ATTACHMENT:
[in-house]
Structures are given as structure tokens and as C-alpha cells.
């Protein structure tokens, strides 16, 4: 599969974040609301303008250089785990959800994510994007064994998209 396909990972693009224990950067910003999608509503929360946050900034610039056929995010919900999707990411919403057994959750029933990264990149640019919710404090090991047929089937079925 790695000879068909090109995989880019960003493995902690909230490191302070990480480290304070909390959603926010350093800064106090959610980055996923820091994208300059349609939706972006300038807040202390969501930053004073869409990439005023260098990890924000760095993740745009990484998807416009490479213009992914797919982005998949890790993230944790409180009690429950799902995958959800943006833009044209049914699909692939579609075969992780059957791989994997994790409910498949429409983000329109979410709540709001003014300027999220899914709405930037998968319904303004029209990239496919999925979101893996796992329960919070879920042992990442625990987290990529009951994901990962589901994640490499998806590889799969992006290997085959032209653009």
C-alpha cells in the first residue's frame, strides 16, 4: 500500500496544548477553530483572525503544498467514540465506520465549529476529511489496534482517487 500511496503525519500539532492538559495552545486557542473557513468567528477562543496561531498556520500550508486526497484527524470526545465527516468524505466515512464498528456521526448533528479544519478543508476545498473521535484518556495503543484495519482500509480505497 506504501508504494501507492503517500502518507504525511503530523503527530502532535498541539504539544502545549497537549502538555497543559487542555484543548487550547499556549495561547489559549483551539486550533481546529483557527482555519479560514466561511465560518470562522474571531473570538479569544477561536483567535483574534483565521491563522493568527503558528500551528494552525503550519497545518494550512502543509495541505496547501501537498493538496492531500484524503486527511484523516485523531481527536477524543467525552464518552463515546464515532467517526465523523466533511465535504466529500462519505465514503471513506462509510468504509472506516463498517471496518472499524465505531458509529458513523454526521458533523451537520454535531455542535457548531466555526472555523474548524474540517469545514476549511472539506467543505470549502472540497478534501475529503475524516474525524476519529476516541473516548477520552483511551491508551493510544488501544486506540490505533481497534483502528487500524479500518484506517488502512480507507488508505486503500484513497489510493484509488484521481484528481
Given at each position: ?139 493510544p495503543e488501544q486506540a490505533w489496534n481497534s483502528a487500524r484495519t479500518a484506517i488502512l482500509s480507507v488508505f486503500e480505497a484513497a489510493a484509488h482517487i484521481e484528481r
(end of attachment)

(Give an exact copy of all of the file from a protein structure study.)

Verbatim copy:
[in-house]
Structures are given as structure tokens and as C-alpha cells.
């Protein structure tokens, strides 16, 4: 599969974040609301303008250089785990959800994510994007064994998209 396909990972693009224990950067910003999608509503929360946050900034610039056929995010919900999707990411919403057994959750029933990264990149640019919710404090090991047929089937079925 790695000879068909090109995989880019960003493995902690909230490191302070990480480290304070909390959603926010350093800064106090959610980055996923820091994208300059349609939706972006300038807040202390969501930053004073869409990439005023260098990890924000760095993740745009990484998807416009490479213009992914797919982005998949890790993230944790409180009690429950799902995958959800943006833009044209049914699909692939579609075969992780059957791989994997994790409910498949429409983000329109979410709540709001003014300027999220899914709405930037998968319904303004029209990239496919999925979101893996796992329960919070879920042992990442625990987290990529009951994901990962589901994640490499998806590889799969992006290997085959032209653009």
C-alpha cells in the first residue's frame, strides 16, 4: 500500500496544548477553530483572525503544498467514540465506520465549529476529511489496534482517487 500511496503525519500539532492538559495552545486557542473557513468567528477562543496561531498556520500550508486526497484527524470526545465527516468524505466515512464498528456521526448533528479544519478543508476545498473521535484518556495503543484495519482500509480505497 506504501508504494501507492503517500502518507504525511503530523503527530502532535498541539504539544502545549497537549502538555497543559487542555484543548487550547499556549495561547489559549483551539486550533481546529483557527482555519479560514466561511465560518470562522474571531473570538479569544477561536483567535483574534483565521491563522493568527503558528500551528494552525503550519497545518494550512502543509495541505496547501501537498493538496492531500484524503486527511484523516485523531481527536477524543467525552464518552463515546464515532467517526465523523466533511465535504466529500462519505465514503471513506462509510468504509472506516463498517471496518472499524465505531458509529458513523454526521458533523451537520454535531455542535457548531466555526472555523474548524474540517469545514476549511472539506467543505470549502472540497478534501475529503475524516474525524476519529476516541473516548477520552483511551491508551493510544488501544486506540490505533481497534483502528487500524479500518484506517488502512480507507488508505486503500484513497489510493484509488484521481484528481
Given at each position: ?139 493510544p495503543e488501544q486506540a490505533w489496534n481497534s483502528a487500524r484495519t479500518a484506517i488502512l482500509s480507507v488508505f486503500e480505497a484513497a489510493a484509488h482517487i484521481e484528481r